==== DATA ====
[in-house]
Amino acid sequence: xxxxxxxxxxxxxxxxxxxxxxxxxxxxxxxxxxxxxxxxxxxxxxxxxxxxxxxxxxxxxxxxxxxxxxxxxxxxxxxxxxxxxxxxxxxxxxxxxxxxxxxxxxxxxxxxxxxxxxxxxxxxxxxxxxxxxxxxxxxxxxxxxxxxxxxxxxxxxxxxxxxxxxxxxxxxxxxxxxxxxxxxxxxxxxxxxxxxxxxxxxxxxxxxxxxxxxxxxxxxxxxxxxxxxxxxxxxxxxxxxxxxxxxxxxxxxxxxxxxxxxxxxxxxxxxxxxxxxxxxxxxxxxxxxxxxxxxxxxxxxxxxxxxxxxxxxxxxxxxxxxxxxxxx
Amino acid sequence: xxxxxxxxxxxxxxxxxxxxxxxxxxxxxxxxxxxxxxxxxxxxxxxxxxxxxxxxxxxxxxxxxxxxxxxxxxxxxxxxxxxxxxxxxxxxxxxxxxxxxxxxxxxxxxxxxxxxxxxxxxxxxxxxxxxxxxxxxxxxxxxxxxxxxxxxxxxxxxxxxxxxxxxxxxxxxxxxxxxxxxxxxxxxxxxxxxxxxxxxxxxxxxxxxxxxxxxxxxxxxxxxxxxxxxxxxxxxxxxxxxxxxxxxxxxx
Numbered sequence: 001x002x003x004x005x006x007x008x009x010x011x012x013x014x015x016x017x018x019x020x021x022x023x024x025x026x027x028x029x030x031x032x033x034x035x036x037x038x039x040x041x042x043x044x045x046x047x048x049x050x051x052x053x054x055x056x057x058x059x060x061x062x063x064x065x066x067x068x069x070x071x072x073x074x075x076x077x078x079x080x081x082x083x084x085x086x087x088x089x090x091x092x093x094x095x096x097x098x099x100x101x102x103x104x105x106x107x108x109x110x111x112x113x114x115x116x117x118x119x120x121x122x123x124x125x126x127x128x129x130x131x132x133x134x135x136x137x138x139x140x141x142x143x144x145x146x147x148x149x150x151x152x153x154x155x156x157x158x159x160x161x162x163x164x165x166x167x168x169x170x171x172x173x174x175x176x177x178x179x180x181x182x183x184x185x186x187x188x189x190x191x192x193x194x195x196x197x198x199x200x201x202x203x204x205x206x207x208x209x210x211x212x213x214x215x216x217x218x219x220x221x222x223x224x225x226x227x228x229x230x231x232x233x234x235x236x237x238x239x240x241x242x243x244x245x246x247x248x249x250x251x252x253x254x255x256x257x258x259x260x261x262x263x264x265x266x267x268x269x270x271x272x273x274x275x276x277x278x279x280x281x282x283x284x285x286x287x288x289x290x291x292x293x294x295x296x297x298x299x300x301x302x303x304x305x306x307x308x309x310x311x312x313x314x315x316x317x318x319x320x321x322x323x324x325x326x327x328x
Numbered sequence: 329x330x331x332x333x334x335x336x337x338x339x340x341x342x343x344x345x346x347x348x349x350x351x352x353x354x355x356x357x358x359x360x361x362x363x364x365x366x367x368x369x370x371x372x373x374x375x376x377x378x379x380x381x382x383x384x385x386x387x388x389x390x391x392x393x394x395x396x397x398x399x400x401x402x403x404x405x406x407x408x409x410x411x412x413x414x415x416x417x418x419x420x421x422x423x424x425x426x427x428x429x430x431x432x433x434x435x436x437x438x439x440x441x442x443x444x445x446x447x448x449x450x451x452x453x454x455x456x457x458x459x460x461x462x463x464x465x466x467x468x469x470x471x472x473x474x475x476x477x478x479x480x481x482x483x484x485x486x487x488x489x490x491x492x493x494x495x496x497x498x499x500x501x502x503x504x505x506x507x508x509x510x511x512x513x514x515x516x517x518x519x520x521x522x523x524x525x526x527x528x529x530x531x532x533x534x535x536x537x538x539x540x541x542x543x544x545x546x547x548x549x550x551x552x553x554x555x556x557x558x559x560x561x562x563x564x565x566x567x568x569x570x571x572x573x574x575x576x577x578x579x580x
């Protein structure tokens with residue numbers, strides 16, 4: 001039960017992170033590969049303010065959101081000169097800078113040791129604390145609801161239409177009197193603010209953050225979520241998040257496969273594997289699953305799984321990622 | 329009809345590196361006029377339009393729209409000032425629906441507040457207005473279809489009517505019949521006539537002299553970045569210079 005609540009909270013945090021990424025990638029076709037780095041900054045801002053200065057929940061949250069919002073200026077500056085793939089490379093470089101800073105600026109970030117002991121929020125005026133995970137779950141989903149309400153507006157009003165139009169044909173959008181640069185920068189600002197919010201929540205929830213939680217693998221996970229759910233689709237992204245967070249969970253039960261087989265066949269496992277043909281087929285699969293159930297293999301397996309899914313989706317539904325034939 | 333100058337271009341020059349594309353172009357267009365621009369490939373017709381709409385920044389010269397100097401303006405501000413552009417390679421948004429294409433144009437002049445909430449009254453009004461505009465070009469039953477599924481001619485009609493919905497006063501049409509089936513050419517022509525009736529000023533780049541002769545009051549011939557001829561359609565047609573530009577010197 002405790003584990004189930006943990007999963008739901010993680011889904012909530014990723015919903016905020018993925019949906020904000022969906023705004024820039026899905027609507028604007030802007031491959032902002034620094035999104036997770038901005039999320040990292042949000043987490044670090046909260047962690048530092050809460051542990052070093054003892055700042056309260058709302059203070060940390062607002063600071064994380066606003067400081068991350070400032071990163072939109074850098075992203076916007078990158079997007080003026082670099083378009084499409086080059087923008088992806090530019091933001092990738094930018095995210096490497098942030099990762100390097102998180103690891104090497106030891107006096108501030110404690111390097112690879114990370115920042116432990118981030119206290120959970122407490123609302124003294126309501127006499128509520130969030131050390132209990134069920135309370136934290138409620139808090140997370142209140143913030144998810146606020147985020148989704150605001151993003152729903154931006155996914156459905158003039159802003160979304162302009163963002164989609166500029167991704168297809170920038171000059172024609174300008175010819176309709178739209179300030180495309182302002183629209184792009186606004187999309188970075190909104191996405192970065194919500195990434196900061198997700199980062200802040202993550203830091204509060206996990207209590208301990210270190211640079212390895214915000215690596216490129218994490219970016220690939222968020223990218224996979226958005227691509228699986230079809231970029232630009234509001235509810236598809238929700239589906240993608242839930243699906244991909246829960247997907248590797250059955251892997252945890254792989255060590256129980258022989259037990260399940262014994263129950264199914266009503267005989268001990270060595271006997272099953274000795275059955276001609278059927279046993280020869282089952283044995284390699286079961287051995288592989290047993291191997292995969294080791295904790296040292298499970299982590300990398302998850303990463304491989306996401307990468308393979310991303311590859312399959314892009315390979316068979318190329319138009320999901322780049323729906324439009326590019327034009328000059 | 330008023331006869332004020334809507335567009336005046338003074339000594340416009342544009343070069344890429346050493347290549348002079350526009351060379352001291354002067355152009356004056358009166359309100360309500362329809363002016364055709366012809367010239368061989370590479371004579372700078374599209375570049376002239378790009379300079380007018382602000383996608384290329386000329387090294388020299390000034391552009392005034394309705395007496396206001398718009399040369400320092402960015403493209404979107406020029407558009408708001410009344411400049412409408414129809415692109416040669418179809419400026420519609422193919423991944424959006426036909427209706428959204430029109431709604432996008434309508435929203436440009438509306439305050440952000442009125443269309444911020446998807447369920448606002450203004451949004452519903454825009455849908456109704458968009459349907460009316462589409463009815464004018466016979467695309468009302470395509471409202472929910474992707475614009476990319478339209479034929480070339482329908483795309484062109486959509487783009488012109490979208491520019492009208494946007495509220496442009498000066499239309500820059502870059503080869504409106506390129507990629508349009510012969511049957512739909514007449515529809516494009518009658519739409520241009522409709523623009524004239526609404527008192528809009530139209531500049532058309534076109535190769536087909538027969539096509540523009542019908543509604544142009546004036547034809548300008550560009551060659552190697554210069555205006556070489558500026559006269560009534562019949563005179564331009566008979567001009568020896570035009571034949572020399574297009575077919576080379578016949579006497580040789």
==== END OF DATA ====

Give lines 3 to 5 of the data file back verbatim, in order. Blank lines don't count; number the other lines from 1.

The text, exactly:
Amino acid sequence: xxxxxxxxxxxxxxxxxxxxxxxxxxxxxxxxxxxxxxxxxxxxxxxxxxxxxxxxxxxxxxxxxxxxxxxxxxxxxxxxxxxxxxxxxxxxxxxxxxxxxxxxxxxxxxxxxxxxxxxxxxxxxxxxxxxxxxxxxxxxxxxxxxxxxxxxxxxxxxxxxxxxxxxxxxxxxxxxxxxxxxxxxxxxxxxxxxxxxxxxxxxxxxxxxxxxxxxxxxxxxxxxxxxxxxxxxxxxxxxxxxxxxxxxxxxx
Numbered sequence: 001x002x003x004x005x006x007x008x009x010x011x012x013x014x015x016x017x018x019x020x021x022x023x024x025x026x027x028x029x030x031x032x033x034x035x036x037x038x039x040x041x042x043x044x045x046x047x048x049x050x051x052x053x054x055x056x057x058x059x060x061x062x063x064x065x066x067x068x069x070x071x072x073x074x075x076x077x078x079x080x081x082x083x084x085x086x087x088x089x090x091x092x093x094x095x096x097x098x099x100x101x102x103x104x105x106x107x108x109x110x111x112x113x114x115x116x117x118x119x120x121x122x123x124x125x126x127x128x129x130x131x132x133x134x135x136x137x138x139x140x141x142x143x144x145x146x147x148x149x150x151x152x153x154x155x156x157x158x159x160x161x162x163x164x165x166x167x168x169x170x171x172x173x174x175x176x177x178x179x180x181x182x183x184x185x186x187x188x189x190x191x192x193x194x195x196x197x198x199x200x201x202x203x204x205x206x207x208x209x210x211x212x213x214x215x216x217x218x219x220x221x222x223x224x225x226x227x228x229x230x231x232x233x234x235x236x237x238x239x240x241x242x243x244x245x246x247x248x249x250x251x252x253x254x255x256x257x258x259x260x261x262x263x264x265x266x267x268x269x270x271x272x273x274x275x276x277x278x279x280x281x282x283x284x285x286x287x288x289x290x291x292x293x294x295x296x297x298x299x300x301x302x303x304x305x306x307x308x309x310x311x312x313x314x315x316x317x318x319x320x321x322x323x324x325x326x327x328x
Numbered sequence: 329x330x331x332x333x334x335x336x337x338x339x340x341x342x343x344x345x346x347x348x349x350x351x352x353x354x355x356x357x358x359x360x361x362x363x364x365x366x367x368x369x370x371x372x373x374x375x376x377x378x379x380x381x382x383x384x385x386x387x388x389x390x391x392x393x394x395x396x397x398x399x400x401x402x403x404x405x406x407x408x409x410x411x412x413x414x415x416x417x418x419x420x421x422x423x424x425x426x427x428x429x430x431x432x433x434x435x436x437x438x439x440x441x442x443x444x445x446x447x448x449x450x451x452x453x454x455x456x457x458x459x460x461x462x463x464x465x466x467x468x469x470x471x472x473x474x475x476x477x478x479x480x481x482x483x484x485x486x487x488x489x490x491x492x493x494x495x496x497x498x499x500x501x502x503x504x505x506x507x508x509x510x511x512x513x514x515x516x517x518x519x520x521x522x523x524x525x526x527x528x529x530x531x532x533x534x535x536x537x538x539x540x541x542x543x544x545x546x547x548x549x550x551x552x553x554x555x556x557x558x559x560x561x562x563x564x565x566x567x568x569x570x571x572x573x574x575x576x577x578x579x580x